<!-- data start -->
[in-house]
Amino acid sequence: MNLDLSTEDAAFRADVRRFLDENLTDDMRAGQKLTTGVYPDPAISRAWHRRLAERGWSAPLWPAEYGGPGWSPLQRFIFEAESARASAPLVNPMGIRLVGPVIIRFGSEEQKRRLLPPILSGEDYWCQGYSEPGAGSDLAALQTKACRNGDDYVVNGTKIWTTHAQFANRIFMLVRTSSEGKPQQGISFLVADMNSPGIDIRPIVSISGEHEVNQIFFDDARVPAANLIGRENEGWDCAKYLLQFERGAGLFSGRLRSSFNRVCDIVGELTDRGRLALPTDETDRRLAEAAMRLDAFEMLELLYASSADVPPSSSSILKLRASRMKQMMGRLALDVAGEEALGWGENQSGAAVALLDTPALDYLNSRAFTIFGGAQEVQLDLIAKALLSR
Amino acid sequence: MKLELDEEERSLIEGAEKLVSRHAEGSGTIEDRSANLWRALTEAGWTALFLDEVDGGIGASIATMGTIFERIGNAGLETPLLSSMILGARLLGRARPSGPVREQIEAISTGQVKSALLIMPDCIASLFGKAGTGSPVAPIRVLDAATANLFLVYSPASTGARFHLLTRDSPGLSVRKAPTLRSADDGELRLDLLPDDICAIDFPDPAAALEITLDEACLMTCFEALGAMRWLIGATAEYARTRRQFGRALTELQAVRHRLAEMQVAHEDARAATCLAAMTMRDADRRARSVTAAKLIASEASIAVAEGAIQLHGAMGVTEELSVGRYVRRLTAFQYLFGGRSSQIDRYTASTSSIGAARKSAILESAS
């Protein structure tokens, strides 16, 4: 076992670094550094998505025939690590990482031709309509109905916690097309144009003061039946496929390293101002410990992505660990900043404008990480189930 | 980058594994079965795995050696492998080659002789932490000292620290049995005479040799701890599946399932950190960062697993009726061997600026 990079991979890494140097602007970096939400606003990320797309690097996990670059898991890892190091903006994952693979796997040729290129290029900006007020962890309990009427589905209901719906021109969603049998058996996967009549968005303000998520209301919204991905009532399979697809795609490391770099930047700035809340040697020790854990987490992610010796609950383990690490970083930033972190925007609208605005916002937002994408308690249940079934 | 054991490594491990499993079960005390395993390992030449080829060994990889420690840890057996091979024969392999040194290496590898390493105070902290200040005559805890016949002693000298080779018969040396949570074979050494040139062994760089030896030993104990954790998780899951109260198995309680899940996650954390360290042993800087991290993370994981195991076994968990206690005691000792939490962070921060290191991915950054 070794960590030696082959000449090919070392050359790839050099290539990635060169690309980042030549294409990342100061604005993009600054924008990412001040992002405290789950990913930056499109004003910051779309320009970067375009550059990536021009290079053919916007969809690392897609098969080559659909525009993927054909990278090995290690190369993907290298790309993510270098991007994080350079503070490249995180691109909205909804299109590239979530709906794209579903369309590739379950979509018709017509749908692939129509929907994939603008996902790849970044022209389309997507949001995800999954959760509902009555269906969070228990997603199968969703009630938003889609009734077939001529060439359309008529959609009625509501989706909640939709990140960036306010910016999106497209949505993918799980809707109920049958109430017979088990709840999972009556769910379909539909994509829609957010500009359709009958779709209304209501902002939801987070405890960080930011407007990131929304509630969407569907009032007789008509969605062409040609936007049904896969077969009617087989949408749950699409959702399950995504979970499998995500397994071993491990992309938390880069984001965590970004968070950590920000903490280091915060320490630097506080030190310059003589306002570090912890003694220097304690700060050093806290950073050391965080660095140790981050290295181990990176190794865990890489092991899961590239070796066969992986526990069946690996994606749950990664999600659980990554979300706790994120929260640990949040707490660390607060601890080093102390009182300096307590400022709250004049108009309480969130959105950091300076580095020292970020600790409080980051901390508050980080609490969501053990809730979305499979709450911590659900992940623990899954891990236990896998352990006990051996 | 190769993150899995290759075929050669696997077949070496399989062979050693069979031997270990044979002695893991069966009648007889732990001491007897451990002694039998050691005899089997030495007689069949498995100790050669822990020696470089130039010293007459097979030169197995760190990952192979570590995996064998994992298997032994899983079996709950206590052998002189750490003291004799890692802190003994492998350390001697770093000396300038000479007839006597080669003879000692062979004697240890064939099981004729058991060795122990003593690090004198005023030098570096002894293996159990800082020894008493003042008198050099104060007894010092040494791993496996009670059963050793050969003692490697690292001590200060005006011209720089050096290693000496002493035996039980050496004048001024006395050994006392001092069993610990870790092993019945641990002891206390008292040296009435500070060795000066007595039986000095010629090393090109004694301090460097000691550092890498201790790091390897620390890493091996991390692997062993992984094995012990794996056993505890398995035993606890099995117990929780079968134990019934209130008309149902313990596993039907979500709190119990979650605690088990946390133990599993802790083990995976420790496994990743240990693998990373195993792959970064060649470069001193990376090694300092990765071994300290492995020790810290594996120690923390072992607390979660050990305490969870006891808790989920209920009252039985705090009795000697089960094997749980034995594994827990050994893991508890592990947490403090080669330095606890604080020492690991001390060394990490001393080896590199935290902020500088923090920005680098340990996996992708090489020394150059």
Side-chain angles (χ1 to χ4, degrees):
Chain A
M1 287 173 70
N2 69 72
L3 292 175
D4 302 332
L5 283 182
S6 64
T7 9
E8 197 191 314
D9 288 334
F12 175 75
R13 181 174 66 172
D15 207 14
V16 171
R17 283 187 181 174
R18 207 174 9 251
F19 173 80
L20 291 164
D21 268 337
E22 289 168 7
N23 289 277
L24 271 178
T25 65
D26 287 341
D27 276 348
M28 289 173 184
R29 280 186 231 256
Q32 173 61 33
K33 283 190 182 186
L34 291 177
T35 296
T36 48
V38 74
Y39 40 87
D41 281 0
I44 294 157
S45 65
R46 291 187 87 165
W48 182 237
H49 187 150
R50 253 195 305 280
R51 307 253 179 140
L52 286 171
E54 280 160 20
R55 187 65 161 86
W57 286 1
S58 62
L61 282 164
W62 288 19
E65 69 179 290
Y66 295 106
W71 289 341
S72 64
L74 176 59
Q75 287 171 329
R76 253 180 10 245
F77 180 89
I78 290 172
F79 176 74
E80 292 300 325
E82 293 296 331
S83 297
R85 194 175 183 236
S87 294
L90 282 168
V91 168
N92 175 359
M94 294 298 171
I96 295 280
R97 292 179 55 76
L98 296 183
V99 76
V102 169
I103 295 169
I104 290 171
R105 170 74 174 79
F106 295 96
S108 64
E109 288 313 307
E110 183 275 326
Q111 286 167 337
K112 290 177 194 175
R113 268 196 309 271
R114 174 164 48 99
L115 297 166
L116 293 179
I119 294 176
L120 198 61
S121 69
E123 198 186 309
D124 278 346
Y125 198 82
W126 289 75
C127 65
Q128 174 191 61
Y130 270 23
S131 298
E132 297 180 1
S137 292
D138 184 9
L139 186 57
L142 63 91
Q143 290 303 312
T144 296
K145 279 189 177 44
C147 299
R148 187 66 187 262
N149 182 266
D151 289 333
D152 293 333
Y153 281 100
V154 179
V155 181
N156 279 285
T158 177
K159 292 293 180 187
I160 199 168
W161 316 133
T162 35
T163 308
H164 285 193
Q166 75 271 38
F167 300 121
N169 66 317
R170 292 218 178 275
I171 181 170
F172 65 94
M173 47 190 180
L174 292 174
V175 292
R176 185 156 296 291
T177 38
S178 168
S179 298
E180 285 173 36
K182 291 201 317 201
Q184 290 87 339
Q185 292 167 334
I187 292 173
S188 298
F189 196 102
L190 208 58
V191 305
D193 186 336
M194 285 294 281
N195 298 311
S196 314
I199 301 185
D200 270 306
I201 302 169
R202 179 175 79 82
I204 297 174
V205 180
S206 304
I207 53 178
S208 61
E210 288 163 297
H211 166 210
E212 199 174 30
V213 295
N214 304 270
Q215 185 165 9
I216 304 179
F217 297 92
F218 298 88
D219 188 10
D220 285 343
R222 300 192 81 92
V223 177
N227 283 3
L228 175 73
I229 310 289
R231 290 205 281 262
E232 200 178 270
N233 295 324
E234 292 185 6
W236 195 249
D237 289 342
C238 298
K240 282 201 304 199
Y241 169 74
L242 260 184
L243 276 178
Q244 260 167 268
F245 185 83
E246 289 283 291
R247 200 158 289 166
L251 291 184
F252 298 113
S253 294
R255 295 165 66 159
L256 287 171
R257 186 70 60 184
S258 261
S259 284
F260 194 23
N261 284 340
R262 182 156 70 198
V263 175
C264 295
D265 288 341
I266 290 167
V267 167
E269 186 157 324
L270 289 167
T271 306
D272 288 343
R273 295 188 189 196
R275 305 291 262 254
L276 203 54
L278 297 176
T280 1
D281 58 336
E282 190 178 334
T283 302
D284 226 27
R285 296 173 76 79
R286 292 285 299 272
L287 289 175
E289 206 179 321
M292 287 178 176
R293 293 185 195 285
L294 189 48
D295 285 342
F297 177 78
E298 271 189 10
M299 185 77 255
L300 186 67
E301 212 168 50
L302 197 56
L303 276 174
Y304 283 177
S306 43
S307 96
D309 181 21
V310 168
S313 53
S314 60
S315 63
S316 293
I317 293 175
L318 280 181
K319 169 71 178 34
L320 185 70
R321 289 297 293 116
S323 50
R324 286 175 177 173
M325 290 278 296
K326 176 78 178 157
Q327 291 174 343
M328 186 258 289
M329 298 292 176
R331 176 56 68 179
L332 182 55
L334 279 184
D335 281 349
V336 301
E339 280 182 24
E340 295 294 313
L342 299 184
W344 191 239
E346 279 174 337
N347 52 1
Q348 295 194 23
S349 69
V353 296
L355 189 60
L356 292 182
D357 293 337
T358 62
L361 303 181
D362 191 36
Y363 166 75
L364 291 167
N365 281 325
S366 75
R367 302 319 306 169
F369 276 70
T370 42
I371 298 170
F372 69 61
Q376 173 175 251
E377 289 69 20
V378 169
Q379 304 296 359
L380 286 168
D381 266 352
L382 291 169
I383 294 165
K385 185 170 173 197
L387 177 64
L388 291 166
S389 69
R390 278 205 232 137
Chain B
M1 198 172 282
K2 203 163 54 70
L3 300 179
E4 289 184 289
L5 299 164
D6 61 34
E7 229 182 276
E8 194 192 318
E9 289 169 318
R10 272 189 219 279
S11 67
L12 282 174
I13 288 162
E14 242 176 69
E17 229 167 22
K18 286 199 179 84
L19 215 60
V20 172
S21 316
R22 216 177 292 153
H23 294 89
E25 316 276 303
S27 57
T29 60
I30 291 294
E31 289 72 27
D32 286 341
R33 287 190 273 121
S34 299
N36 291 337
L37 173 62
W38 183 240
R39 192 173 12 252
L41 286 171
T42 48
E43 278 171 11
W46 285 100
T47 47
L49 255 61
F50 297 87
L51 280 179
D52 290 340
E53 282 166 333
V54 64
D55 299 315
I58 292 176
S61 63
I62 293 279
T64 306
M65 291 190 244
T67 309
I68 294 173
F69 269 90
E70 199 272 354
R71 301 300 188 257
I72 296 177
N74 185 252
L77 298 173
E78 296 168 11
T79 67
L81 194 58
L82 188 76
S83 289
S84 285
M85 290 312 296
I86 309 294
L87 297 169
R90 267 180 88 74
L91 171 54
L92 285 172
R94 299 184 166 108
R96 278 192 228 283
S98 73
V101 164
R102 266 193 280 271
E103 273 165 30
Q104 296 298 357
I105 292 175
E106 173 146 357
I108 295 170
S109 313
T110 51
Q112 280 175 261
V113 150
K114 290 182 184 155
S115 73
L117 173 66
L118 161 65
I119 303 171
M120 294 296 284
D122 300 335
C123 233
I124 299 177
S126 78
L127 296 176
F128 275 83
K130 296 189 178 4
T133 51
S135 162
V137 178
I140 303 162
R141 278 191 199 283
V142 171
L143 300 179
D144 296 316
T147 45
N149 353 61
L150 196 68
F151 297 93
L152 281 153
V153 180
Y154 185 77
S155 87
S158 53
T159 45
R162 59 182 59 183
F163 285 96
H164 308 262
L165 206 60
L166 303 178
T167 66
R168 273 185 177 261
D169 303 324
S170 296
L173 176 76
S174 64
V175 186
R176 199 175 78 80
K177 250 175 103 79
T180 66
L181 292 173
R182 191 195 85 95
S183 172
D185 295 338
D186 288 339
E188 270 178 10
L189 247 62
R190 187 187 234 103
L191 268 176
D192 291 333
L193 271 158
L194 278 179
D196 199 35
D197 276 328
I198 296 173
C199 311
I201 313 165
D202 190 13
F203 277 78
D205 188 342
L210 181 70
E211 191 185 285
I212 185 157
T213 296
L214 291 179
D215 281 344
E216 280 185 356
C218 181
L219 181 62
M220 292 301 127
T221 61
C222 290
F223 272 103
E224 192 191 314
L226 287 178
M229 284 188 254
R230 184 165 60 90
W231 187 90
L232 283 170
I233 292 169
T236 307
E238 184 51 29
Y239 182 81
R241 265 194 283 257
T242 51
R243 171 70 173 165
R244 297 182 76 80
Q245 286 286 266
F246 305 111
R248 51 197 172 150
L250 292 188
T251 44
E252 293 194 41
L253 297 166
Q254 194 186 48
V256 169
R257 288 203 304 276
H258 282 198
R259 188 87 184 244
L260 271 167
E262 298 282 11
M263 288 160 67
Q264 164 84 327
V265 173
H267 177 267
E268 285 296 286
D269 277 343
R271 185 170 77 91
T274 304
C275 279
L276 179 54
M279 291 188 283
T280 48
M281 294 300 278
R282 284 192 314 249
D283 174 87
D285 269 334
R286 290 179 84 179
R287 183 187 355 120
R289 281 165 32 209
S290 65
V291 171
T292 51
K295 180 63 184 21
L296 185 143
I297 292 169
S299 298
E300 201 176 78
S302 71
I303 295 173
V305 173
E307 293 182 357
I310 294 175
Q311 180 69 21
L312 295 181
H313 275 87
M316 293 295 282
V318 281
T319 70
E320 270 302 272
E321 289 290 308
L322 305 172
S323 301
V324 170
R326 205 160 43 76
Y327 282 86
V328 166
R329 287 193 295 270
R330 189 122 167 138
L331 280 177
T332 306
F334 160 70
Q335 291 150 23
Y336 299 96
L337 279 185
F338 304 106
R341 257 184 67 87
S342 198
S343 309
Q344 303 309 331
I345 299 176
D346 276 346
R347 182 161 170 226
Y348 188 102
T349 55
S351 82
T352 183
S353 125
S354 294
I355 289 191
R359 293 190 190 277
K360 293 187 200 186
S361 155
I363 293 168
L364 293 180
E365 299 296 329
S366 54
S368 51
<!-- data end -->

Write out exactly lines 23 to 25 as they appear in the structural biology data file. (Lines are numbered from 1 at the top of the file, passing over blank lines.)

L20 291 164
D21 268 337
E22 289 168 7